The issue before us is whether psychiatric coercions and excuses are -- by the light of what we know today -- virtuous or wicked, praiseworthy or blameworthy, social practices. Where do libertarians stand on the practice of depriving innocent people of liberty in the name of "mental illness"? I believe it behooves libertarians to candidly acknowledge whether they support or oppose statist-psychiatric interventions and articulate the reasons for their position.

Psychiatric slavery -- like chattel slavery -- is an either / or issue. A person either supports it or opposes it. Tertium non datur.


It isn't that I believe that those who want help should not receive it but, friends, family and associations of all varieties are where such help could possibly be found, not within the belly of the beast and not through violent coercion.
edit on 27-12-2015 by greencmp because: (no reason given)



posted on Dec, 27 2015 @ 12:03 PM
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All right, if someone is mentally ill to the point where they have basically become incapable of functioning in society as indicated by their inability to follow laws to the point where they are in trouble with the normal criminal justice system, doesn't this argue for a mental health system that would take these people out of a society where they arguably are only a danger to themselves and those around them and instead of spending the money teach to them how to interact with the criminal system ... why aren't we spending it to treat them to where they might someday hope to interact with normal society in a more healthy and balanced fashion where they wouldn't need to interact with the criminal system?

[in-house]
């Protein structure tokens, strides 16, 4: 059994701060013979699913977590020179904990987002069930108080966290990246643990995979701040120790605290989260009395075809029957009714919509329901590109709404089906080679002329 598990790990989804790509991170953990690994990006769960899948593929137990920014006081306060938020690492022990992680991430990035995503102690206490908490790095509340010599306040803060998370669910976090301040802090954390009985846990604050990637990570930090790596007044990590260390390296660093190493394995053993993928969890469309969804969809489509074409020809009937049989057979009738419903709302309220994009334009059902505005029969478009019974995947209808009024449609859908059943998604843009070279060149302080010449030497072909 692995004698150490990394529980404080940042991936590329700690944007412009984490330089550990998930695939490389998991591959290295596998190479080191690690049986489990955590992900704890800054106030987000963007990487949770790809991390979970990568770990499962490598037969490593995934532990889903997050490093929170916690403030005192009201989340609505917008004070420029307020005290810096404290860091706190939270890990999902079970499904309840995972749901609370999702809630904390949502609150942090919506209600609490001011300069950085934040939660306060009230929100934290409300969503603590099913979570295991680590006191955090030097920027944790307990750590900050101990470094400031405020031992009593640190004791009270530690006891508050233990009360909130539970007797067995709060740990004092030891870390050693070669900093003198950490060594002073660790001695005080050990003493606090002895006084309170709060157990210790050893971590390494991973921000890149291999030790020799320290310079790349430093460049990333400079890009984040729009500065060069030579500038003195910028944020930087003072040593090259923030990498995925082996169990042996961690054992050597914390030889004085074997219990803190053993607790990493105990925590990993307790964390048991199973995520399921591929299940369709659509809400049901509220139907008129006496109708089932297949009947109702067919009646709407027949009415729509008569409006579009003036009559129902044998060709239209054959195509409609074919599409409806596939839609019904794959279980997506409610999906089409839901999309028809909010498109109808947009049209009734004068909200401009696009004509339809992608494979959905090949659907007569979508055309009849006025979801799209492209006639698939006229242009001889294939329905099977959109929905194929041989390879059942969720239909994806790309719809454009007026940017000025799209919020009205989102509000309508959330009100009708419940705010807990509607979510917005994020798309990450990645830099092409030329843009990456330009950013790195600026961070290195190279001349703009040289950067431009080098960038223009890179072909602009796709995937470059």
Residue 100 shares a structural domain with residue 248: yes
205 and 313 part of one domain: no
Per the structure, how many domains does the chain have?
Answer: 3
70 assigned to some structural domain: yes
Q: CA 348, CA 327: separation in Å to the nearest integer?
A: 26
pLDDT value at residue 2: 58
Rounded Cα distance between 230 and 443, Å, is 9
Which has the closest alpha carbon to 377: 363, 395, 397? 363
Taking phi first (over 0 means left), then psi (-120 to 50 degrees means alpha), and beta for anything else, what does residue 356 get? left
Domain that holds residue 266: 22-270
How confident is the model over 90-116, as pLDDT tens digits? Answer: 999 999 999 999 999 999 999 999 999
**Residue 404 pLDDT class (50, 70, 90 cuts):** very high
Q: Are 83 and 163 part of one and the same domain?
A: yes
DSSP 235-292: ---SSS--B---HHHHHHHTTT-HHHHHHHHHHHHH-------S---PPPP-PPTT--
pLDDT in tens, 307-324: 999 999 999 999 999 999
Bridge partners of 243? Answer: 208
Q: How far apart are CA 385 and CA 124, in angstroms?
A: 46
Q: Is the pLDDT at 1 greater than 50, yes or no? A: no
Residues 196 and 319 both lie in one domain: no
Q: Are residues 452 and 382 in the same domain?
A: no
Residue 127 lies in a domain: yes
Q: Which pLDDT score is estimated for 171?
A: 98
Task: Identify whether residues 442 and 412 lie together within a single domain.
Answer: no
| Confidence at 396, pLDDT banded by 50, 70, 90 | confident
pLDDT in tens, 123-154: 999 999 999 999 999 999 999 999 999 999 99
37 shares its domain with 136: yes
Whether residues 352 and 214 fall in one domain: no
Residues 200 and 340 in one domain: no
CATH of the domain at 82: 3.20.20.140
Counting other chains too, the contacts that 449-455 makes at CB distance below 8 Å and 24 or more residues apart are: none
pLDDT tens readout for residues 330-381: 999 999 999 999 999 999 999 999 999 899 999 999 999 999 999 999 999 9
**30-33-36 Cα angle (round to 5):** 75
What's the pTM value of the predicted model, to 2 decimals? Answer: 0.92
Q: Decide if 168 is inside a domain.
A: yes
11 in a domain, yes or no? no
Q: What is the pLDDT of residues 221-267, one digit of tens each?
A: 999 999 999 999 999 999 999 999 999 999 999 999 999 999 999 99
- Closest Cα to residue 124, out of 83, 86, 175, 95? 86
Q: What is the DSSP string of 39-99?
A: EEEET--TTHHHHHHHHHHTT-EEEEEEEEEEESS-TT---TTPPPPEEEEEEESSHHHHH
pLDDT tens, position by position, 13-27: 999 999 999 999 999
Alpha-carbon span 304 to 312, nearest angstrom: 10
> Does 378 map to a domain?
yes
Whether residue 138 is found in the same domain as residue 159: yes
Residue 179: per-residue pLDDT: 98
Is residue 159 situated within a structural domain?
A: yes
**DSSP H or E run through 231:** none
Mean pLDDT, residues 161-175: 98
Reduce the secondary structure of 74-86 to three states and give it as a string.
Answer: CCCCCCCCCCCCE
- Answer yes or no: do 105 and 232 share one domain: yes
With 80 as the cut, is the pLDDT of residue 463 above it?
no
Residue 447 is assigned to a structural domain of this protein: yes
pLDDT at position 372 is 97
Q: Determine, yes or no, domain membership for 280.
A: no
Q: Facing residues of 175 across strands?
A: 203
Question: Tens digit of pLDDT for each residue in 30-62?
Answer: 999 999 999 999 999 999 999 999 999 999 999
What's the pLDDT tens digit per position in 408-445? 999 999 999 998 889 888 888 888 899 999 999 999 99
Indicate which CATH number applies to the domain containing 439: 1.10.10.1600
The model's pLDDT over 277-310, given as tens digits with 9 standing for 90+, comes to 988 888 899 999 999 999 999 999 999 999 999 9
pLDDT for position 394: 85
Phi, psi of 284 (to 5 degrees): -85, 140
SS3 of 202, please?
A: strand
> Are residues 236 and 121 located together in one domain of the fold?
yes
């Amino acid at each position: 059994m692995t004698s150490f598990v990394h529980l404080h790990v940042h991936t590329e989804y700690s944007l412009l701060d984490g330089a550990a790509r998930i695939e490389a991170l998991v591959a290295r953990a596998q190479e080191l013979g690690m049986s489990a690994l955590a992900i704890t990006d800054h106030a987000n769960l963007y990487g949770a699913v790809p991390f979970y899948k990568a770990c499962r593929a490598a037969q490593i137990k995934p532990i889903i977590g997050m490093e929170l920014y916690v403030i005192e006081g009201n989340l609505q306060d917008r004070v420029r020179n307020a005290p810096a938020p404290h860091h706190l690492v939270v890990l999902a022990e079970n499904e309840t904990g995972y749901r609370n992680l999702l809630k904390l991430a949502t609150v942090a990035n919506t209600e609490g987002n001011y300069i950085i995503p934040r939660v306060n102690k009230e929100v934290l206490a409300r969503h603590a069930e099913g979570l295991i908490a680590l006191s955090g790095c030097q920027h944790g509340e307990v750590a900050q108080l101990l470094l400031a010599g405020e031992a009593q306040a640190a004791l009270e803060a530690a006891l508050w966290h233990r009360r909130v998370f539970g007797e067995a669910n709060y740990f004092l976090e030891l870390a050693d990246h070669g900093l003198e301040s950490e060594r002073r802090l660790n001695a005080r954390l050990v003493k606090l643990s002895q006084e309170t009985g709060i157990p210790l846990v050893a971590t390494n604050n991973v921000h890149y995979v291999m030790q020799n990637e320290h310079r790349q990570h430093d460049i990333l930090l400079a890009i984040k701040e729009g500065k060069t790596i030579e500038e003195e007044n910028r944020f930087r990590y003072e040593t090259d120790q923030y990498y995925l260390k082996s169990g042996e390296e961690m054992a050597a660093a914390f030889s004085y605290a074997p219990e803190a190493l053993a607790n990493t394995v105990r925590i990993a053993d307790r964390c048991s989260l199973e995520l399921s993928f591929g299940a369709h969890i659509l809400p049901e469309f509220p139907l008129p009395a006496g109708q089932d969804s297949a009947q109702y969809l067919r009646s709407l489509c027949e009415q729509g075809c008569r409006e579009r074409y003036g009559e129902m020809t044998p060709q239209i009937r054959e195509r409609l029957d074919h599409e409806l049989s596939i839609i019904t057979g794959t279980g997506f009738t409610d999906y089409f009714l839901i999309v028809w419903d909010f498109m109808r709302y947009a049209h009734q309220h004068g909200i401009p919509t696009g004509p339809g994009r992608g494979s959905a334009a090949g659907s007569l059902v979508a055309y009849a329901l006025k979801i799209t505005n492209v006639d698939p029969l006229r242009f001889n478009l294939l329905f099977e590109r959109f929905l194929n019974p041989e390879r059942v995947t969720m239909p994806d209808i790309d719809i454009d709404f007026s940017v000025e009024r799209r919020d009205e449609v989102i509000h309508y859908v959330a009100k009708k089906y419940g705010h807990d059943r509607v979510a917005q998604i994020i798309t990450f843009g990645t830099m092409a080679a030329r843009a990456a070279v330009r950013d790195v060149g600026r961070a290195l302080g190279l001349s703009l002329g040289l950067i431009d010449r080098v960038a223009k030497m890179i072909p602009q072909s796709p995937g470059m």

posted on Dec, 27 2015 @ 06:17 PM
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a reply to: greencmp

and the political stance and the info you cited is lacking facts. In my state an involuntary commitment starts with a 96 hour hold. If it goes beyond the person is read their legal notice (Like Miranda warnings in crimi8nal arrests). The health agency is then required to notify the designated court for their area to inform them of an involuntary commitment. They are required to report to the court at established times to protect their rights (the patients). Anything beyond 21 days involves the courts in a more formal setting.